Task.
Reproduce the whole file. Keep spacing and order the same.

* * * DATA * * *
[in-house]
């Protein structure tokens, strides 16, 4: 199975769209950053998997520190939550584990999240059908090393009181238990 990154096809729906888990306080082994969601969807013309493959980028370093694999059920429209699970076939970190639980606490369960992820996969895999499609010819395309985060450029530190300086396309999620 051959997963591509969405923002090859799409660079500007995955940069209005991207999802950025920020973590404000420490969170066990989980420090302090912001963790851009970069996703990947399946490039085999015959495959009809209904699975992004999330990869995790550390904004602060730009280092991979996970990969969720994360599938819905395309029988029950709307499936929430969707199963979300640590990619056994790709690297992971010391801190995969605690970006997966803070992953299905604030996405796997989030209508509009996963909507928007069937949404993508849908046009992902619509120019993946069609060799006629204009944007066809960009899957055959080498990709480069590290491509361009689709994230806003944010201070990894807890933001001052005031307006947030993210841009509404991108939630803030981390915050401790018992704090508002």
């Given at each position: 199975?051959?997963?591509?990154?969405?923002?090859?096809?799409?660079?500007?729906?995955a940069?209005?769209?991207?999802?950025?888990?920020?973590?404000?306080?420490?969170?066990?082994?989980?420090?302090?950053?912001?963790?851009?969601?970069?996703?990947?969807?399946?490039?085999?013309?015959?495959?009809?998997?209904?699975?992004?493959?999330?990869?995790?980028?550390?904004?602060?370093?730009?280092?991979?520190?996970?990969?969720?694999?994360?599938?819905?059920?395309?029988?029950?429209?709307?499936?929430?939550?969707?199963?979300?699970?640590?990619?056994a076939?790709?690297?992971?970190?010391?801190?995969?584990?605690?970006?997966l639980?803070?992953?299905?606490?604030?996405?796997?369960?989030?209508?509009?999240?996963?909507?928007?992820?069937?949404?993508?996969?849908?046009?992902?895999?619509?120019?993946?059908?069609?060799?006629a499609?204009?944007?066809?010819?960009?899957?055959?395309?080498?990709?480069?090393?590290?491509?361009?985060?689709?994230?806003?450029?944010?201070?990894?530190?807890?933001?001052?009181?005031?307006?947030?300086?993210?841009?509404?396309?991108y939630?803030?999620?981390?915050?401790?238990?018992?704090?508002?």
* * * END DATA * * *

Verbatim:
[in-house]
């Protein structure tokens, strides 16, 4: 199975769209950053998997520190939550584990999240059908090393009181238990 990154096809729906888990306080082994969601969807013309493959980028370093694999059920429209699970076939970190639980606490369960992820996969895999499609010819395309985060450029530190300086396309999620 051959997963591509969405923002090859799409660079500007995955940069209005991207999802950025920020973590404000420490969170066990989980420090302090912001963790851009970069996703990947399946490039085999015959495959009809209904699975992004999330990869995790550390904004602060730009280092991979996970990969969720994360599938819905395309029988029950709307499936929430969707199963979300640590990619056994790709690297992971010391801190995969605690970006997966803070992953299905604030996405796997989030209508509009996963909507928007069937949404993508849908046009992902619509120019993946069609060799006629204009944007066809960009899957055959080498990709480069590290491509361009689709994230806003944010201070990894807890933001001052005031307006947030993210841009509404991108939630803030981390915050401790018992704090508002």
């Given at each position: 199975?051959?997963?591509?990154?969405?923002?090859?096809?799409?660079?500007?729906?995955a940069?209005?769209?991207?999802?950025?888990?920020?973590?404000?306080?420490?969170?066990?082994?989980?420090?302090?950053?912001?963790?851009?969601?970069?996703?990947?969807?399946?490039?085999?013309?015959?495959?009809?998997?209904?699975?992004?493959?999330?990869?995790?980028?550390?904004?602060?370093?730009?280092?991979?520190?996970?990969?969720?694999?994360?599938?819905?059920?395309?029988?029950?429209?709307?499936?929430?939550?969707?199963?979300?699970?640590?990619?056994a076939?790709?690297?992971?970190?010391?801190?995969?584990?605690?970006?997966l639980?803070?992953?299905?606490?604030?996405?796997?369960?989030?209508?509009?999240?996963?909507?928007?992820?069937?949404?993508?996969?849908?046009?992902?895999?619509?120019?993946?059908?069609?060799?006629a499609?204009?944007?066809?010819?960009?899957?055959?395309?080498?990709?480069?090393?590290?491509?361009?985060?689709?994230?806003?450029?944010?201070?990894?530190?807890?933001?001052?009181?005031?307006?947030?300086?993210?841009?509404?396309?991108y939630?803030?999620?981390?915050?401790?238990?018992?704090?508002?």